Note that $G\cong \mathbb{Z}/q\mathbb{Z}\cong E(\mathbb{F}_p)$. As abstract groups, one could think of the discrete logarithm problem to be equivalent in all of them. If we forgot about any structure except for being a group, this is true, as one can show that we need at least $O(\sqrt{q})$ group operations.

However, in practice there is additional structure. If we consider the set of integers modulo $q$, the discrete logarithm is quite trivial. In the group $G$ it is a bit harder, and if we set $\log_2{q}\approx 1000$ then it is currently infeasible (at least has never been publicly done). If we set $\log_2{q}\approx 256$, then the discrete logarithm problem in $G$ becomes feasible, while it is still very hard in $E(\mathbb{F}_p)$.

Groups can carry a lot of additional structure which we do not want to forget about, and I imagine the same to be true for vector spaces. For example, a finite field is a vector space over some prime order field, but is much more than that.

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Some examples of finite-dimensional vector spaces that are useful in my field of practice, convex optimization:

  • real or complex scalars (yes, $\mathbb{R}^1/\mathbb{C}^1$)
  • $\mathbb{C}^n$, the space of complex vectors
  • the space of $m\times n$ real or complex matrices
  • $\mathcal{S}^n$, the space of $n\times n$ symmetric matrices
  • $\mathcal{H}^n$, the space of $n\times n$ Hermitian matrices
  • other spaces of matrices with specific structure; e.g., Toeplitz matrices, Hankel matrices
  • Cartesian products of two or more of the above. For example, a tuple consisting of a symmetric matrix, a vector, and a scalar.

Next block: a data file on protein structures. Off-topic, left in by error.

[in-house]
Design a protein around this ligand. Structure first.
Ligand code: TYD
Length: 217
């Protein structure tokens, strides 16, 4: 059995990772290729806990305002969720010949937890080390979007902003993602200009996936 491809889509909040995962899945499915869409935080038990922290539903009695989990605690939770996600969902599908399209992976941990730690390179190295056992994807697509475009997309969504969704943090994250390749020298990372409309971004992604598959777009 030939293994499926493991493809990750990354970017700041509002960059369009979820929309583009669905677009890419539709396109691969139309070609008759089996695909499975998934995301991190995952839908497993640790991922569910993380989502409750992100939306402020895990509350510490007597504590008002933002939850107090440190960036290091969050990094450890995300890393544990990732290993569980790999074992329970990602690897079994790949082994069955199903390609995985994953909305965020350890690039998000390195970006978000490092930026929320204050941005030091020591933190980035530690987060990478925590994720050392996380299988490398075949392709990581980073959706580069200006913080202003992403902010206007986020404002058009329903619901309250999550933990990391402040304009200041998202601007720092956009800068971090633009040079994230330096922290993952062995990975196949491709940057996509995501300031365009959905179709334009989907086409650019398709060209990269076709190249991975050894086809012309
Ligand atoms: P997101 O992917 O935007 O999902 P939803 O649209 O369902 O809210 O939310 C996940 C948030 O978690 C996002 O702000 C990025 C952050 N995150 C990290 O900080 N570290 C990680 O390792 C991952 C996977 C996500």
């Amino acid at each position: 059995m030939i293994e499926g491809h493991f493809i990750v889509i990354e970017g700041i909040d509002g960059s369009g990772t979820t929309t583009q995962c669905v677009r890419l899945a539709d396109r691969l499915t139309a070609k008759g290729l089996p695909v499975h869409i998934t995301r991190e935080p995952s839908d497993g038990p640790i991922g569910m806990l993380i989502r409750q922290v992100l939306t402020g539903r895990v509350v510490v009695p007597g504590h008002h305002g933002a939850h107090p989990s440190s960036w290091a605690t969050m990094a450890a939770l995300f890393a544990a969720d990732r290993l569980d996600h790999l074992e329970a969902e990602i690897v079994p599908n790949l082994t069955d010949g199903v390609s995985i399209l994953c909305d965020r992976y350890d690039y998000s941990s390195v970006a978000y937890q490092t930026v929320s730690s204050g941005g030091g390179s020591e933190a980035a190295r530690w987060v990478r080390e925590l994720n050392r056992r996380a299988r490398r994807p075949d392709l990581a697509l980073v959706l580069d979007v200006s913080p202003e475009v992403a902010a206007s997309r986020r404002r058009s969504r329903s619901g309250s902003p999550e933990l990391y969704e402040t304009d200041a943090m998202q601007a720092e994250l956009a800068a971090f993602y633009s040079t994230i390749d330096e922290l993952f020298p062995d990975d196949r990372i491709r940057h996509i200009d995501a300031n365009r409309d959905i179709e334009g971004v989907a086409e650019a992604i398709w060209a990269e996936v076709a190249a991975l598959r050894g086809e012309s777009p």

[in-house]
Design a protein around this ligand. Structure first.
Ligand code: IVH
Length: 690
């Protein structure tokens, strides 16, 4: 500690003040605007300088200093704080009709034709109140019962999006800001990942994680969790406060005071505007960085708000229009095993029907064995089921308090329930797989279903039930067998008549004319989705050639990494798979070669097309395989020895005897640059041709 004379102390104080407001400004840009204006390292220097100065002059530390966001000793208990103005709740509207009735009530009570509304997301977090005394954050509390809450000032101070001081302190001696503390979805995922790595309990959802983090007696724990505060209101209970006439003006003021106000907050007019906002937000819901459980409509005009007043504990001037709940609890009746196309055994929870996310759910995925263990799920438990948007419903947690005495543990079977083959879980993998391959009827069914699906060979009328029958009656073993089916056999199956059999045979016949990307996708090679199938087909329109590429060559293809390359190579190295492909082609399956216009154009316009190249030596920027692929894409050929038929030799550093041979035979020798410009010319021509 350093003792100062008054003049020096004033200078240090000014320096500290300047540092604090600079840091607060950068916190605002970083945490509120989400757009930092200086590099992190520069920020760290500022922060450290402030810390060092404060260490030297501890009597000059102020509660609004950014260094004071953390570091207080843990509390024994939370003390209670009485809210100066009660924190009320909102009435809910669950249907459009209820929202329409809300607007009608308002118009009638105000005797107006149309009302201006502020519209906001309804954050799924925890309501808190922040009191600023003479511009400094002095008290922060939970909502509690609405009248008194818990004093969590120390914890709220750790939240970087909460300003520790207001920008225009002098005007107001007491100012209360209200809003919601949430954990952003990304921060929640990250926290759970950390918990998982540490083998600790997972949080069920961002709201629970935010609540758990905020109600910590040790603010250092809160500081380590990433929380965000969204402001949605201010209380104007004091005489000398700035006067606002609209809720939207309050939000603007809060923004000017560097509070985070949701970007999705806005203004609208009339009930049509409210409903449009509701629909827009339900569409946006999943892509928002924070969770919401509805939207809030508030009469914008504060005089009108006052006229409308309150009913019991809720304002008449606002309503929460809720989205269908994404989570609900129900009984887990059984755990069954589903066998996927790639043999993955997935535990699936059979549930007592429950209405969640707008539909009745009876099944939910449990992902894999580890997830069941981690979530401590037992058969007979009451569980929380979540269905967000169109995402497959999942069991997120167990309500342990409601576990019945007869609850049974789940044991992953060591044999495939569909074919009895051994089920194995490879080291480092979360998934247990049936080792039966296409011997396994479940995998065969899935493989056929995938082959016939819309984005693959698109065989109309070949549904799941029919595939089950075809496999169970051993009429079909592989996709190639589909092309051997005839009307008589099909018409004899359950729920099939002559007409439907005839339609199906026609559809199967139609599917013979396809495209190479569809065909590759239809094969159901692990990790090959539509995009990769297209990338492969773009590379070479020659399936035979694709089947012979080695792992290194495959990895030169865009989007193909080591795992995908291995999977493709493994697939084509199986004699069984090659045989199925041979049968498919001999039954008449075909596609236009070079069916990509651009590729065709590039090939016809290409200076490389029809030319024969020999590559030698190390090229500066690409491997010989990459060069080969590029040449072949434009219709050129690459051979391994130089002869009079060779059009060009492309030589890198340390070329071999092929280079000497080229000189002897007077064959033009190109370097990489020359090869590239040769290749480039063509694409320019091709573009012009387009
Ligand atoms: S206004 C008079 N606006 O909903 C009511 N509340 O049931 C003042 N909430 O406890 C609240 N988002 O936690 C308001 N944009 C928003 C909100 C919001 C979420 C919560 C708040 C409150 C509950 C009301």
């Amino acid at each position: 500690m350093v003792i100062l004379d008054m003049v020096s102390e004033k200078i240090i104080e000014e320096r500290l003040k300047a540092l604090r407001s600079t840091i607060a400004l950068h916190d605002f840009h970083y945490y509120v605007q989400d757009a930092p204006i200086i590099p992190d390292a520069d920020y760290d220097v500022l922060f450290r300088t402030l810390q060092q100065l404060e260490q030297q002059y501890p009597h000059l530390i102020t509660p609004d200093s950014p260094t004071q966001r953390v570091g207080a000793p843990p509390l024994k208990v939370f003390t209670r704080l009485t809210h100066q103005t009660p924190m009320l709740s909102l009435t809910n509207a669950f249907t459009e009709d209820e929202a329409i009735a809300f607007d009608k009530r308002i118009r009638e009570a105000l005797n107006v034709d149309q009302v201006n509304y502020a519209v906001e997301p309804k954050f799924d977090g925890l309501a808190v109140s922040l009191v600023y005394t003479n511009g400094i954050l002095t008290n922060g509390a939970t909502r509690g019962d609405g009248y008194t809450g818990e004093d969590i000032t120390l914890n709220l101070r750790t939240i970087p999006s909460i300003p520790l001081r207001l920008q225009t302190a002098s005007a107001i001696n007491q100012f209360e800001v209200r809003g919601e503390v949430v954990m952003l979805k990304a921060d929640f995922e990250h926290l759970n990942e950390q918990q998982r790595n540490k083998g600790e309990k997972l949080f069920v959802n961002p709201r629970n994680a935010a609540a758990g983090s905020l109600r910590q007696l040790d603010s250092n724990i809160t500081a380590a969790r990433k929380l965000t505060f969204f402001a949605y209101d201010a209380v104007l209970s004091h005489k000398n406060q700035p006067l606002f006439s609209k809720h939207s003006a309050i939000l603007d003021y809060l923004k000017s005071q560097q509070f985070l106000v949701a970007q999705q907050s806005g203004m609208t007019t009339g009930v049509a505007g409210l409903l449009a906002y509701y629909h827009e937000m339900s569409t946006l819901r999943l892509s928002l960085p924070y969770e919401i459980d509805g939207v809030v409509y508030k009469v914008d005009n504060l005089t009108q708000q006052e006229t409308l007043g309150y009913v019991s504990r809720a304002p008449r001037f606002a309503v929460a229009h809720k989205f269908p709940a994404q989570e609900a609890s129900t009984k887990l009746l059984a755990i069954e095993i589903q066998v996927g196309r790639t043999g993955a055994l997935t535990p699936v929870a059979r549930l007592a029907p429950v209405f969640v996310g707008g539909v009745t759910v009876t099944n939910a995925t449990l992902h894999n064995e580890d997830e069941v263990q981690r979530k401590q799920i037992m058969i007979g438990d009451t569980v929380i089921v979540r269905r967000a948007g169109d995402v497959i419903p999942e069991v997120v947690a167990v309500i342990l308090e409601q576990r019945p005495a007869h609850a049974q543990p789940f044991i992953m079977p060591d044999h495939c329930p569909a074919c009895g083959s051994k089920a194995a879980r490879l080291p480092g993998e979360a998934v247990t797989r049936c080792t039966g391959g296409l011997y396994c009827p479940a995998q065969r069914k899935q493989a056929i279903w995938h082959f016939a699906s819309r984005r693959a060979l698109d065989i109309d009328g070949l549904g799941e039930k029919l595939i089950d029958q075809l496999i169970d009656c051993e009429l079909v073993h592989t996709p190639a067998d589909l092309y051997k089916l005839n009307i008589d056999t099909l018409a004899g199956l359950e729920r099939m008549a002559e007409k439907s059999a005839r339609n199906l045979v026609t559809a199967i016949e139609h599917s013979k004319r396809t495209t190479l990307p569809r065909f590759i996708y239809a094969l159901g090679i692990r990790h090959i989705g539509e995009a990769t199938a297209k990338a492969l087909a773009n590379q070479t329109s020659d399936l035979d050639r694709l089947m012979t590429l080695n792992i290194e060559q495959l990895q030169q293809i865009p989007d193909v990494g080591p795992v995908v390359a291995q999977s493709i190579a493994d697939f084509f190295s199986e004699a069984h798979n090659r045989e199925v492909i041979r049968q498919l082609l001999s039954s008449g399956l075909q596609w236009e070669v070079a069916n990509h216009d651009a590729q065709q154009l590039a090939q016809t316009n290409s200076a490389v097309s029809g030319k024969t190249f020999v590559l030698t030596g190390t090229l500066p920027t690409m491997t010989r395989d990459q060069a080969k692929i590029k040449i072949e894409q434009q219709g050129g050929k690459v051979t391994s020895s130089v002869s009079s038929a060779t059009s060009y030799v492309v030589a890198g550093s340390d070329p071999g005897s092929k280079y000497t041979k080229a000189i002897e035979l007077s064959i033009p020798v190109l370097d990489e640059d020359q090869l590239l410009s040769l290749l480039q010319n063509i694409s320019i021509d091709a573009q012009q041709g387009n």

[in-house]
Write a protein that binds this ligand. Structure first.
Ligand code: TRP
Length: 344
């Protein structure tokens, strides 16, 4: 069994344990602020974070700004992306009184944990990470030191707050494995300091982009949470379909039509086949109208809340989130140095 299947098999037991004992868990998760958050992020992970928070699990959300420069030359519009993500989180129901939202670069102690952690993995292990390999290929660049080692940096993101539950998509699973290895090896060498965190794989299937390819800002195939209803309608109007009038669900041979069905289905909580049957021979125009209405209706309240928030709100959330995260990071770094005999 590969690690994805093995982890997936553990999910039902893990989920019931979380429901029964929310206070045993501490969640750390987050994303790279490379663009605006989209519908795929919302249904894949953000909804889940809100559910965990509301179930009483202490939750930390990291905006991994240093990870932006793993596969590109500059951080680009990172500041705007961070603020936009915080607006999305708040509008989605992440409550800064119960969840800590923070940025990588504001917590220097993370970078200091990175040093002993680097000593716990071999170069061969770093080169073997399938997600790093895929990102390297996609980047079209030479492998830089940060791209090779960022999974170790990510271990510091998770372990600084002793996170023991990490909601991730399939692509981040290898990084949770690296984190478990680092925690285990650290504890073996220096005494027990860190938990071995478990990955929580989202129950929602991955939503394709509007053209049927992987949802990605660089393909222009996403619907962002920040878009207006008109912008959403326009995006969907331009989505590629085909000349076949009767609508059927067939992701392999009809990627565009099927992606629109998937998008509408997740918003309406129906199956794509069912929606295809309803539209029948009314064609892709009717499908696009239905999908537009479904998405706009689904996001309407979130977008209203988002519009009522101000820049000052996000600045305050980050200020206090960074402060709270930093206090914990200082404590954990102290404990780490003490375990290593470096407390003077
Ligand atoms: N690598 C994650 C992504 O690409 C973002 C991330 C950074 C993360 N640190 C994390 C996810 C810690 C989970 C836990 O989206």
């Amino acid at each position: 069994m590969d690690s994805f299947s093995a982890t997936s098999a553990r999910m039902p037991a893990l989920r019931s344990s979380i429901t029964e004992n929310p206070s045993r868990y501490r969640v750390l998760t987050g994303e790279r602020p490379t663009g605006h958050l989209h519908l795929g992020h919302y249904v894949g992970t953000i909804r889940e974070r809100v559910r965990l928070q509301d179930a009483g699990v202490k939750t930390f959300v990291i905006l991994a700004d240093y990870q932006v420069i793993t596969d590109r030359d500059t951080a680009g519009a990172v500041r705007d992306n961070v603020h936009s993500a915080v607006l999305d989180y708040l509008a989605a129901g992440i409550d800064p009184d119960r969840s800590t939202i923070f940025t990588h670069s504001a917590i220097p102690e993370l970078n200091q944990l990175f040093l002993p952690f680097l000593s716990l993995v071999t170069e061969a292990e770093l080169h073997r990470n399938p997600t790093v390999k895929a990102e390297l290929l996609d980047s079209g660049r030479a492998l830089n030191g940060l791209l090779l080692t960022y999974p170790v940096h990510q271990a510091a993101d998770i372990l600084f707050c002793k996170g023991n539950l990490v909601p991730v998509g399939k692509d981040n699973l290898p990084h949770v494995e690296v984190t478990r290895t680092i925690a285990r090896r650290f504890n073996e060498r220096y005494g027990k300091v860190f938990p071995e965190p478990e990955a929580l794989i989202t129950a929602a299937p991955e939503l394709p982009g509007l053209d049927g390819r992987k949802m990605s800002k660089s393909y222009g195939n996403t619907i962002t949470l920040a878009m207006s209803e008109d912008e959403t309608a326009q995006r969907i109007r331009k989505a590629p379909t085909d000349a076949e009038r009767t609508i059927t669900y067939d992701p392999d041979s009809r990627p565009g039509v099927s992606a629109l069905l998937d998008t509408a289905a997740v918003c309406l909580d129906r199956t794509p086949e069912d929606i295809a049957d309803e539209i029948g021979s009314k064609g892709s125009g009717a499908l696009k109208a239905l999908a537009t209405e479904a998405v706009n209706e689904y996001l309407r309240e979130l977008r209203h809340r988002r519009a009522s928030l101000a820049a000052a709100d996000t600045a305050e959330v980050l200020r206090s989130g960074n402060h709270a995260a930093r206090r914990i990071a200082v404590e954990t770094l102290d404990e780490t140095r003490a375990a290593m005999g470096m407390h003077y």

Knowing that these vector spaces are isomorphic to $\mathbb{R}^n$ simplifies the study of convex analysis and convex optimization tremendously, because most of results indeed deriving only once---with appeals to the isomorphism used to quickly apply those results to arbitrary finite-dimensional spaces.

How inconvenient would it be for us to avoid discussion of these other vector spaces? Well, let's consider a simple example. An important function in semidefinite programming is the maximum eigenvalue function on symmetric matrices: $$f:\mathcal{S}^n\rightarrow\mathbb{R}, \qquad f(X) = \lambda_{\max}(X) = \max_{v\neq 0} (v^TXv)/(v^Tv)$$ This a convex function of its input $X$, and as a result we can build practically useful and tractable optimization problems that incorporate it into objective functions or constraints. (Other matrix functions, such as the minimum eigenvalue, the logarithm of the determinant, etc., arise frequently as well.)

Now, because of the isomorphism, we know that there is another function $g:\mathbb{R}^{n(n+1)/2}\rightarrow\mathbb{R}$ that could be used to represent $f$. In other words, to compute $g(x)$, we'd take the $n(n+1)/2$ values of $x$, arrange them in the lower triangle of a matrix, copy the off-diagonal elements to the upper triangle to symmetrize things, then compute the eigenvalue of that matrix.

Whew! Do I really have to do that every time I want to work with a function defined on a non-$\mathbb{R}^n$ vector space? I hope not. Sure, sometimes it might be easier to prove a particular technical result if I do; but no, most of the time I want to work in the natural vector space the problem suggests. Knowing how the principles of vector spaces apply to spaces beyond $\mathbb{R}^n$ enables me to avoid constant translation to and fro.